Is it because you got tarnished with laddism?

Gary J: Yes, especially being a Northern band. Those people have my entire life been my nemesis, and it’s disgusted me we’ve been lumped in with stuff like that. It’s a differentiation between lad rock and punk rock. Lad rock, which was Oasis bar-room straight uninspired music, becoming assimilated into some approximation of punk. Being around that was so frustrating it made me not want to be in a band for a while, because the lines had become so blurred. I always hated it, I was disgusted at it.

With Oasis gone, is laddism over?

Gary J: They ruined my life on a small level, and when I got in a band they ruined my life on a bigger level. They somewhat debased what we were doing.

Surely they turn up to the gigs?

Gary J: On the last record we’d play gigs and have them bellowing back ‘Men’s Needs’. The Smiths had it, and they were so anti laddism. You had a hardcore lad fanbase.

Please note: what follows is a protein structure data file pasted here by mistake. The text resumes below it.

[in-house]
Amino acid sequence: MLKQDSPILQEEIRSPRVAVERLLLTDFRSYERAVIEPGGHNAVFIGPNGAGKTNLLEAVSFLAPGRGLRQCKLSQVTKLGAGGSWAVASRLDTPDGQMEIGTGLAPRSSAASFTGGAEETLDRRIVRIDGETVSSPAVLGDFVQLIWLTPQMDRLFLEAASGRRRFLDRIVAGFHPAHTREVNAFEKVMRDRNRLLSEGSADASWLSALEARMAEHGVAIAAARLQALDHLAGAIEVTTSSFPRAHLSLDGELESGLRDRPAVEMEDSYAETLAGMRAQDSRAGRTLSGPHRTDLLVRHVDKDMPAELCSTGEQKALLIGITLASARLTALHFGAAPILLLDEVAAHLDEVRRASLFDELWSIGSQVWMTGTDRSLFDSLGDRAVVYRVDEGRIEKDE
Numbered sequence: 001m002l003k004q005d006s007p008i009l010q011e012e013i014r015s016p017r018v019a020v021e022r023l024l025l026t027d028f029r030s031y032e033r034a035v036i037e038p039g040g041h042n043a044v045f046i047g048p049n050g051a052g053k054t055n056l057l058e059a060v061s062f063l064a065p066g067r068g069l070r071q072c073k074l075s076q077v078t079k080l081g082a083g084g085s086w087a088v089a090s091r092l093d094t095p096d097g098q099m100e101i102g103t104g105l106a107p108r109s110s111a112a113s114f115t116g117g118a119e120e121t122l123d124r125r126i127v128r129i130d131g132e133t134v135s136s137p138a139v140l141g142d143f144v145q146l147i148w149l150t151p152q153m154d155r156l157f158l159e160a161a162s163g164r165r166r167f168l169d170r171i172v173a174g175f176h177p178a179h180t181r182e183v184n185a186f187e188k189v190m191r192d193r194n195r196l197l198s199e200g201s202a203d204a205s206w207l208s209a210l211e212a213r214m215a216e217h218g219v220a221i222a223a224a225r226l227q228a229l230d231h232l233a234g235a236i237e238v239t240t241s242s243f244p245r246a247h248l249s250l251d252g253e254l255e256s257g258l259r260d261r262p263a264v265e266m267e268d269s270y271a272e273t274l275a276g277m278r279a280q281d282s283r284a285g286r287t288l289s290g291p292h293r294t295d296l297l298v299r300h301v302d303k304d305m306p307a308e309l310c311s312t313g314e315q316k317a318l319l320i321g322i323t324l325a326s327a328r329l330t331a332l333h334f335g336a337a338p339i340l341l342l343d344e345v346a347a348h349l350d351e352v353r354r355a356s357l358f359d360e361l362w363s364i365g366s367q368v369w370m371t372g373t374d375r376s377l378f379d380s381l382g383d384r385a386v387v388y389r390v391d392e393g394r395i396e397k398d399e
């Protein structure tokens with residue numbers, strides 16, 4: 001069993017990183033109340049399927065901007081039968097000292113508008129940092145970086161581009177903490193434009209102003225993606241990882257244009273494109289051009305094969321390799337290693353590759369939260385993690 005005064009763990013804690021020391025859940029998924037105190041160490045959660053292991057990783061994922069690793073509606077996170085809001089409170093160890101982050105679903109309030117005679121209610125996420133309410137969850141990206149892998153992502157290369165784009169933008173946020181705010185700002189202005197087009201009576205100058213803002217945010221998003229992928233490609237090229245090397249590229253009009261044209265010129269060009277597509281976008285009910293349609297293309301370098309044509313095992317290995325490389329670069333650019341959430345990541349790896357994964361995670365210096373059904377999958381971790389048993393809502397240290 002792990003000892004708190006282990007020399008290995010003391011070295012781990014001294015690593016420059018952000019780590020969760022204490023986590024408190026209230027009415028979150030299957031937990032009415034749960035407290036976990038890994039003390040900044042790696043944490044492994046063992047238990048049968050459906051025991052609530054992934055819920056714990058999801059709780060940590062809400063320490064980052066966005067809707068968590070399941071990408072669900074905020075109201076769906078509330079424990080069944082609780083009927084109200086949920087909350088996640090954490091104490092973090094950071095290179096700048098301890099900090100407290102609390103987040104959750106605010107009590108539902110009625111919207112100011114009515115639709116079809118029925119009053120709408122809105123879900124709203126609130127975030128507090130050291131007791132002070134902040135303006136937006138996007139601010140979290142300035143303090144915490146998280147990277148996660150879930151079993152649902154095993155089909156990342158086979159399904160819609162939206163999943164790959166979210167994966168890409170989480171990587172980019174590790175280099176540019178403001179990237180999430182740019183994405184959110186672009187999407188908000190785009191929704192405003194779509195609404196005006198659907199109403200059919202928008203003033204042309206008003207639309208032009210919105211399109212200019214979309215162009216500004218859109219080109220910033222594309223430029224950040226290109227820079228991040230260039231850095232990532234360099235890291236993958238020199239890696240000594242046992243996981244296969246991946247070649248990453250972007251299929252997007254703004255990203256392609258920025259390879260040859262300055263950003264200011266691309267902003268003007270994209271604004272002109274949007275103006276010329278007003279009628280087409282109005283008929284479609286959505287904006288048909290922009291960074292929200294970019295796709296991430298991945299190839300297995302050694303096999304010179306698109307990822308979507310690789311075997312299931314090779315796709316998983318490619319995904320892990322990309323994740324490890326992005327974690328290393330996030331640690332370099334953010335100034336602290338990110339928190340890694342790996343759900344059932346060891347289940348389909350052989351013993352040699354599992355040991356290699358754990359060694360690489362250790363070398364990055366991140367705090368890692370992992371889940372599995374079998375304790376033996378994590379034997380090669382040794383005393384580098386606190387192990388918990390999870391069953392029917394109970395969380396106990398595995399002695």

J Marr: Yeah we did, because we got in the charts. But it can be an opportunity. Because that only happens because the band rock like fuck. If a band play in a wet style, and very fey, those guys won’t come back. With The Smiths, for all our ideas of Oscar Wilde and afternoon tea, we could do that, we knew that we really took care of business. No matter whether you’re an artist, a creative intellectual, if you want to see a rock band you’ve got to rock like fuck, and that isn’t being rockist. The Cribs do that, and The Smiths did it, and that’s where it starts getting really interesting, when you marry those guts with brains. To a certain kind of sensibility that’s a great opportunity. I’m super grateful that it’s touched my life.